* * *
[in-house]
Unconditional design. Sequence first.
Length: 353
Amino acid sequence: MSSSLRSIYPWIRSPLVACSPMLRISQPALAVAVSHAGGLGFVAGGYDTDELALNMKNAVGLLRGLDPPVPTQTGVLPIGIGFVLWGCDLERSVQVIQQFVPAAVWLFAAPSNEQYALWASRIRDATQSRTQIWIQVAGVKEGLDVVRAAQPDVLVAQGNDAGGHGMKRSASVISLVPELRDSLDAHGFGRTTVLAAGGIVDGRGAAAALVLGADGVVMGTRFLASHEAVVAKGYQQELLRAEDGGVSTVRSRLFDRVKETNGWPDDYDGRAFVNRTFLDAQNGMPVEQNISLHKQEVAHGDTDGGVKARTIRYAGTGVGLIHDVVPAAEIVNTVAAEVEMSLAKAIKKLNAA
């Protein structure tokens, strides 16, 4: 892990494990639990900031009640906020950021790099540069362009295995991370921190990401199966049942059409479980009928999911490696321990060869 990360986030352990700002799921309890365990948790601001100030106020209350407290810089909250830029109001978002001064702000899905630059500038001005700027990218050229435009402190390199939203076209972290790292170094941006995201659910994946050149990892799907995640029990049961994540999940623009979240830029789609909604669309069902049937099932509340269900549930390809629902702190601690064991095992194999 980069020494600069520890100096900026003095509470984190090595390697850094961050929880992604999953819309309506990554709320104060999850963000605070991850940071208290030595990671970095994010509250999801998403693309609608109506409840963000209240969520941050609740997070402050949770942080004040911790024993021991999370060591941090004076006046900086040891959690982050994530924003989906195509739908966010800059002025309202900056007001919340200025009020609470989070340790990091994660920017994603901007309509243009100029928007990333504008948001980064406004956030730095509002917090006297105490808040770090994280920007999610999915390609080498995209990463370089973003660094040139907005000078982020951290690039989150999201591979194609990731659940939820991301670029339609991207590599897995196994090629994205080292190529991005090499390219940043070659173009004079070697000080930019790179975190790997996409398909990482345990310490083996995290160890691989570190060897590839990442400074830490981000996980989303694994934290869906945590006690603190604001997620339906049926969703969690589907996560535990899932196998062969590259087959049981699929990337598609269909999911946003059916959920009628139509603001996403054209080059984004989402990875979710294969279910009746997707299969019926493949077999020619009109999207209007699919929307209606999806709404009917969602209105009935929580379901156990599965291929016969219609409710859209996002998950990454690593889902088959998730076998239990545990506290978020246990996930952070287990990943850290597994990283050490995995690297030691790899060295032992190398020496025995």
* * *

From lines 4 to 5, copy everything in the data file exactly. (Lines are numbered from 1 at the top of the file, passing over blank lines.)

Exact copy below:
Amino acid sequence: MSSSLRSIYPWIRSPLVACSPMLRISQPALAVAVSHAGGLGFVAGGYDTDELALNMKNAVGLLRGLDPPVPTQTGVLPIGIGFVLWGCDLERSVQVIQQFVPAAVWLFAAPSNEQYALWASRIRDATQSRTQIWIQVAGVKEGLDVVRAAQPDVLVAQGNDAGGHGMKRSASVISLVPELRDSLDAHGFGRTTVLAAGGIVDGRGAAAALVLGADGVVMGTRFLASHEAVVAKGYQQELLRAEDGGVSTVRSRLFDRVKETNGWPDDYDGRAFVNRTFLDAQNGMPVEQNISLHKQEVAHGDTDGGVKARTIRYAGTGVGLIHDVVPAAEIVNTVAAEVEMSLAKAIKKLNAA
């Protein structure tokens, strides 16, 4: 892990494990639990900031009640906020950021790099540069362009295995991370921190990401199966049942059409479980009928999911490696321990060869 990360986030352990700002799921309890365990948790601001100030106020209350407290810089909250830029109001978002001064702000899905630059500038001005700027990218050229435009402190390199939203076209972290790292170094941006995201659910994946050149990892799907995640029990049961994540999940623009979240830029789609909604669309069902049937099932509340269900549930390809629902702190601690064991095992194999 980069020494600069520890100096900026003095509470984190090595390697850094961050929880992604999953819309309506990554709320104060999850963000605070991850940071208290030595990671970095994010509250999801998403693309609608109506409840963000209240969520941050609740997070402050949770942080004040911790024993021991999370060591941090004076006046900086040891959690982050994530924003989906195509739908966010800059002025309202900056007001919340200025009020609470989070340790990091994660920017994603901007309509243009100029928007990333504008948001980064406004956030730095509002917090006297105490808040770090994280920007999610999915390609080498995209990463370089973003660094040139907005000078982020951290690039989150999201591979194609990731659940939820991301670029339609991207590599897995196994090629994205080292190529991005090499390219940043070659173009004079070697000080930019790179975190790997996409398909990482345990310490083996995290160890691989570190060897590839990442400074830490981000996980989303694994934290869906945590006690603190604001997620339906049926969703969690589907996560535990899932196998062969590259087959049981699929990337598609269909999911946003059916959920009628139509603001996403054209080059984004989402990875979710294969279910009746997707299969019926493949077999020619009109999207209007699919929307209606999806709404009917969602209105009935929580379901156990599965291929016969219609409710859209996002998950990454690593889902088959998730076998239990545990506290978020246990996930952070287990990943850290597994990283050490995995690297030691790899060295032992190398020496025995």